Fire danger increases in winter

Jacob Robinson

By Jacob Robinson, Simcoe Reformer


The weather outside might be cold, but area residents should keep in mind that without taking some precautions, things can heat up in a real hurry.

Fire Prevention Canada says winter is the worst season for residential fires. There are many reasons for this, but a few top the list.

“Winter is always a busier time for fire service across Ontario, across Canada and a number of the reasons for that would include the fact that we’ve got furnaces in full operation and fireplaces in full operation and oftentimes people aren’t taking the necessary precautions to get them serviced on an annual basis,” said Michael Atkins, Norfolk County Fire Prevention Officer.

“What we would remind people is, it’s not too late. If you haven’t gotten them serviced yet you can still contact a technician. It’s obviously at a heightened risk when we have these freezing temperatures (and) people are using their fireplace more than they might have earlier in December when the temperatures were higher.”

On the weekend, a Courtland woman suffered smoke inhalation and had to be evacuated from her home due to a chimney fire.

“People need to pay close attention to potential fire hazards such as fireplaces, furnaces, chimneys, space heaters and using open flames to thaw frozen water pipes,” Haldimand County Fire Prevention Officer Captain Alan Krajcir said in a media release.

Another reason for an increased number of fires during the winter stems from unattended cooking. Just because someone is hosting a party doesn’t mean they shouldn’t keep an eye on their food, said Atkins.

“Cooking fires, it doesn’t matter what time of year, are always a leading cause of home fires. Typically ... people throw food on the stove then go (to another room) to do their visiting with the family and they’re not paying attention to what’s cooking,” he added.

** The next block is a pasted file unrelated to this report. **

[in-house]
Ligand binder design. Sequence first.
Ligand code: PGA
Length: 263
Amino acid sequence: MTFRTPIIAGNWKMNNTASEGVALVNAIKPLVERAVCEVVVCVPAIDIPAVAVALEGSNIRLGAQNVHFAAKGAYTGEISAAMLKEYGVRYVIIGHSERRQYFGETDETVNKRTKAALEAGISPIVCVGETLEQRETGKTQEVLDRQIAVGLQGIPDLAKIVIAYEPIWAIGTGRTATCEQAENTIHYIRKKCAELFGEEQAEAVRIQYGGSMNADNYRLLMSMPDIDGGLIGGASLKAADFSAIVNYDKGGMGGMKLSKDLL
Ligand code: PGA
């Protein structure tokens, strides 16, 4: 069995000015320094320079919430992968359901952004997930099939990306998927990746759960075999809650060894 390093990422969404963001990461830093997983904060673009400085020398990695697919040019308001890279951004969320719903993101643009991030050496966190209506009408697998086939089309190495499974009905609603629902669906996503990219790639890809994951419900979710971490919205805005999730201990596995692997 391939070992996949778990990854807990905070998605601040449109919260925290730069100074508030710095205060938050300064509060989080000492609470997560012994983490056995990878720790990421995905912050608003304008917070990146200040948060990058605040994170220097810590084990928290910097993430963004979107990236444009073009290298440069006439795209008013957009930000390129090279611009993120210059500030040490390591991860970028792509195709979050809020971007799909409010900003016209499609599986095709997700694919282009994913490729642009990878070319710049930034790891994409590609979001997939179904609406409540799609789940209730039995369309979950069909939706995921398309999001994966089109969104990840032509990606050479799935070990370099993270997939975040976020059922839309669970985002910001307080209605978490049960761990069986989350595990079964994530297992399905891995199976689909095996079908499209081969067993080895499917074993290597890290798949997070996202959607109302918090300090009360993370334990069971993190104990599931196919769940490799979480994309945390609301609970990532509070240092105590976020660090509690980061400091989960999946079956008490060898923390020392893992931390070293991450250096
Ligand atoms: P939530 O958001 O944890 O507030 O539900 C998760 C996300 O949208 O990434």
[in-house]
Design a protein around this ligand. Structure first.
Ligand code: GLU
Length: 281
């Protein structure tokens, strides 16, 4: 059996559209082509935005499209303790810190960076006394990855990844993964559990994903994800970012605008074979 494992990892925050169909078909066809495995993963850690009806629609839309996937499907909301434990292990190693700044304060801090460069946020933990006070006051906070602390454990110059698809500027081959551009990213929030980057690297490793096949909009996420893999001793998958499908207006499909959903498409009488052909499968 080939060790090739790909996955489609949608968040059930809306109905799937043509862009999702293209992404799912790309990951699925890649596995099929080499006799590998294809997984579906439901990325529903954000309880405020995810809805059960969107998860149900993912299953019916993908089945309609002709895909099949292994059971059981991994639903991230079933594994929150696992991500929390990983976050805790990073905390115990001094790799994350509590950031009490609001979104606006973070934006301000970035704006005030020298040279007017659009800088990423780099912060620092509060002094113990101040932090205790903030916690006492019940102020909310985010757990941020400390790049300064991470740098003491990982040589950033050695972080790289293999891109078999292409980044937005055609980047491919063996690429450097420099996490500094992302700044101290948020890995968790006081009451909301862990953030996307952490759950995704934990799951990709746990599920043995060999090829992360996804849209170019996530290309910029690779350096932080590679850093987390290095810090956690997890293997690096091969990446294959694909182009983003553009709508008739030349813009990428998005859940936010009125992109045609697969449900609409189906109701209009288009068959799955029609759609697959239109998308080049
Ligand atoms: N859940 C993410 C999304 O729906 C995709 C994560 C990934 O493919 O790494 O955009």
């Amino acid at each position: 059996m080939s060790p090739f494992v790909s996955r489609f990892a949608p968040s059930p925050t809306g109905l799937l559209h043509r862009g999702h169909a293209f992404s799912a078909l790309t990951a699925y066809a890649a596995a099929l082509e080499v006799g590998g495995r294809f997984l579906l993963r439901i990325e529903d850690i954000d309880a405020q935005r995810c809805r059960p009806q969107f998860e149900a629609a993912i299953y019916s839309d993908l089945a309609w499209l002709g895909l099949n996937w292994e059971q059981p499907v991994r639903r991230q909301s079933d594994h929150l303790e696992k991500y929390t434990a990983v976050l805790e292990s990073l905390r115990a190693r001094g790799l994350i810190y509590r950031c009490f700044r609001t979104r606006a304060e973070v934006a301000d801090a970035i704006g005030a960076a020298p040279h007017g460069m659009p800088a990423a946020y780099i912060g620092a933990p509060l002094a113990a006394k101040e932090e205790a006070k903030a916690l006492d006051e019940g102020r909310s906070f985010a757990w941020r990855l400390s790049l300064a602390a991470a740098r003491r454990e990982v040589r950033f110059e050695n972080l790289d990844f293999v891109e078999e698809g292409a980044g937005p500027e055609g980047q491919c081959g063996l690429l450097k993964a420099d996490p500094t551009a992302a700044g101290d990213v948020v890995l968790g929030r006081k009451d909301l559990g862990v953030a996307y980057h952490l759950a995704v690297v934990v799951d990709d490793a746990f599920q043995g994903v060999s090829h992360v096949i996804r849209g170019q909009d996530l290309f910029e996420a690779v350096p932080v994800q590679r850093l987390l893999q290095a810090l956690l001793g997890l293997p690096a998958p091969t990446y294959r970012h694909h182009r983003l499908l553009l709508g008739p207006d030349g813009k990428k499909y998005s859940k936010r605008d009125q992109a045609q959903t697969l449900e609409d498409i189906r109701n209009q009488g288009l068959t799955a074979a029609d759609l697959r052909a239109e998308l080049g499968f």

If you’re going to be lighting candles, which many do during a time of increased darkness, make sure they’re placed in a proper location, Atkins advised.

“People will often use this time of year as a chance to light candles and give a bit of ambiance... but they’re not necessarily using the candles safely,” he continued. “They’re not keeping them in places that they can’t be reached by the kids or won’t be knocked over by pets ... The big (thing) we’re telling people is when you go out, blow out — when you leave a room, blow out the candles (because) we see an increase in candle fires this time of year as well.”

The Haldimand fire department has offered a list of things residents can do to remain safe this winter. • Burn dry, well-seasoned wood in fireplaces and woodstoves to reduce the risk of excessive creosote build-up in chimneys.

• Use approved timers rather than leaving vehicle block heaters on all night.

• Never use propane torches or heat guns to thaw frozen water pipes.

• Keep intake/exhaust vents free from debris and ice/snow buildup.

* Keep space heaters one metre away from flammable items.

Ontario law requires the installation of smoke alarms on every storey of a home and outside sleeping areas. Carbon monoxide alarms are required outside all sleeping areas if the home has a fuel-burning appliance, a fireplace or an attached garage, said the release.